Thinking of getting a pincushion sea urchin for your saltwater aquarium? It could be the coolest critter you add to your tank, or the most destructive…
I’d like you to meet Fred:
Fred is a white pincushion sea urchin. He is also a party crasher.
When I first set up my aquarium, I added 30 pounds of live sand straight from the Gulf of Mexico. While spreading the sand around the bottom of my tank, I found Fred hiding inside it. He was about the size of a grape.
He looked cool, survived a 900-mile journey as a stowaway, and was the very first creature (other than a few snails and tiny crabs) to inhabit my new 24g reef-in-a-box… albeit, unintentionally.
My wife and I quickly took a liking to him and she decided to name him Fred.
That was a little less than two months ago. Fred is now the size of a walnut. In other words, he’s a fast grower.
Let me share a few other things I’ve learned about pincushion sea urchins like Fred in the past seven weeks…
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Pros of having a pincushion sea urchin in your tank:
- They are great algae eaters.
As I said, Fred has gone from the size of a grape to the size of a walnut — about 1/5″ from tip to tip — in less than two months. He cruises the live rock and glass 24-7 in search of algae to chow down on. He’s not the greatest at eating film algae – so excel at keep the glass clean. From what I’ve read though, pincushion urchins are very good at mowing down hair algae. I don’t have hair algae in my tank (*knock on wood*), so I can’t confirm this firsthand. However, considering how quick he can eat a dime-sized piece of Nori seaweed, I’d say hair algae probably doesn’t stand a chance.
- They add a great touch of intrigue and uniqueness to your tank.
Since sea urchins are very unique critters, far more unusual than the usual crabs, snails, shrimp and other invertebrates, they can make for a very intriguing focal point and source of conversation for people who view your tank.
- They add a lot of curiosity and comedy to a tank.
As you can see from the pictures of Fred, pincushion sea urchins love to decorate themselves with camouflage – often with items that would seem to large or heavy for them to be able to hold on to. It can be very cute to watch and see what they are going to try to grab onto and haul around next. As you’re about to see though, it can also be very risky…
Cons of having a pincushion sea urchin in your tank:
- They can get pretty big.
In an aquarium environment, they can grow as large as 8″.
- They will camouflage themselves with anything that isn’t nailed down, and even some things that are.
Shells, rocks, loose coral frags, and even snails and hermit crabs often get picked up and taken for an involuntary ride. This part of the comic charm of a pincushion urchin. Combine this with the fact that…
- They are very strong for their size.
This means they can knock small coral frags loose and, as they get bigger, they may also inadvertently dislodge coral or live rock (Much like a turbo snail.). If you decide to add one to your tank, make sure all your rock and coral are stable and not easy to move – otherwise, your cool little comedian may also behave like a prickly bulldozer. This picture should give you some idea of how strong pincushion sea urchins – and most other urchins – can be: Fred is only about 1.5″ in diameter and he is already easily lifting a rock his size, plus several shells and a few stems of sea mat…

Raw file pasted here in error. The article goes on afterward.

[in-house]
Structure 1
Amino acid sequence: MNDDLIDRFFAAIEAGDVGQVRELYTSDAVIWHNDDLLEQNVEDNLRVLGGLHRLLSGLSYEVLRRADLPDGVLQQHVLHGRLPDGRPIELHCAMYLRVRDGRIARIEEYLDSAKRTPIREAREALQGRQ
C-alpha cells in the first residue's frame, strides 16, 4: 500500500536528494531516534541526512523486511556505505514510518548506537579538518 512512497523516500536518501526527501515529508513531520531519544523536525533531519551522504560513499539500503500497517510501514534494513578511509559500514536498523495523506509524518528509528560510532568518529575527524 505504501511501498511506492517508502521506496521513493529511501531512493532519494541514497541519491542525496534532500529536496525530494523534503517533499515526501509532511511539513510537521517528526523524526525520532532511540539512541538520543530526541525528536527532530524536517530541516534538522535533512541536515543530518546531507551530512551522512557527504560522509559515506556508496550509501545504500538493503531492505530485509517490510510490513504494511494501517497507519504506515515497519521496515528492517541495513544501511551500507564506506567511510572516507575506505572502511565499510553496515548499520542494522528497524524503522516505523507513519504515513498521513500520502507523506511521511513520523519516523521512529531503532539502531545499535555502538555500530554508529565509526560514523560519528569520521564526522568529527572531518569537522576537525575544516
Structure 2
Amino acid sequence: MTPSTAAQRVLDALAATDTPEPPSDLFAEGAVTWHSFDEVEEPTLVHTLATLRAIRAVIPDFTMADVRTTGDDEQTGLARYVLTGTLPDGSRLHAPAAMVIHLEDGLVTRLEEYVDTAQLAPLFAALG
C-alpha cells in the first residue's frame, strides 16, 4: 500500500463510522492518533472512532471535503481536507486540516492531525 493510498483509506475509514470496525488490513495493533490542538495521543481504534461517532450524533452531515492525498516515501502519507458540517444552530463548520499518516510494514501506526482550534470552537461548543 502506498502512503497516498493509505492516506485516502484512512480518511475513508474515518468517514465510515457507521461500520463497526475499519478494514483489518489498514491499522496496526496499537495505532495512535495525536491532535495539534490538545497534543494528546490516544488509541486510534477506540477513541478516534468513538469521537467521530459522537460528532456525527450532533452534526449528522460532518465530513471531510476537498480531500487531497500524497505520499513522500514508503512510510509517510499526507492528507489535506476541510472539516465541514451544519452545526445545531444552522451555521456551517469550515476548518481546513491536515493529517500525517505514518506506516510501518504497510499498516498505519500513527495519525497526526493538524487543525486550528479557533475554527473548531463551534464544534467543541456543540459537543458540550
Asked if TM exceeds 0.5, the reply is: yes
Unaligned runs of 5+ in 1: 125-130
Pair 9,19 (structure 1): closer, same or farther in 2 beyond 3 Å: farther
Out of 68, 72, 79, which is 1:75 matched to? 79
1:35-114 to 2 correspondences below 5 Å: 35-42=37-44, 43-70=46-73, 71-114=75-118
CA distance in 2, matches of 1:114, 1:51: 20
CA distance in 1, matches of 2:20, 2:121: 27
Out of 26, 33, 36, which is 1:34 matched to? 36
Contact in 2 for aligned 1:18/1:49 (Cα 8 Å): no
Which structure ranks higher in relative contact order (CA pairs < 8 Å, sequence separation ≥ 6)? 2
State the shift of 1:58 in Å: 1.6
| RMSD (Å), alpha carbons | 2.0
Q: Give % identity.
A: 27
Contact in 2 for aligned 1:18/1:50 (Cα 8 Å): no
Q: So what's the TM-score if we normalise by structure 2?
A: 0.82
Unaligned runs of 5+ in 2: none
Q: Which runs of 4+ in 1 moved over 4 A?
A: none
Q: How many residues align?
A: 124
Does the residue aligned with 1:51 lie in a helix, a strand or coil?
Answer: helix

A few other things to be aware of if you’re thinking one:
- If your tank is 20 gallons or 30 gallons in size algae is not prolific in your tank, you’ll need to feed it. A piece of Nori seaweed (you know, the stuff used to make sushi rolls – you can get it in most grocery stores for ~$5) will do just fine. Once a week, hold a piece that is about 1″ x 1″ gently against its spines long enough for it to feel what it is and start to take hold of it… hang it on the glass with a seaweed clip… or use a rubber band to hold the nori against a rock for the urchin to find. As the urchin grows, increase the feeding to a 2″ x 2″ piece of Nori.
- Once the urchin grows to 5″, find it a new home that is at least 75 gallons. An urchin this size really can’t sustain itself well enough to survive, thrive, and continue to grow. As much as we love Fred, he was an accidental guest and we know that his stay with us is only temporary – he will be going to a new forever home with a larger tank soon…
- If your pincushion urchin isn’t camouflaging itself with shells, rocks, or other debris, it may be a sign that it is sick or dying.
- If you REALLY want to have and enjoy a sea urchin in a saltwater aquarium that is under 30 gallons, please consider a Tuxedo urchin instead. They exhibit the same comical ‘camouflage’ behavior as pincushion urchins and only grow to about 3″ in diameter.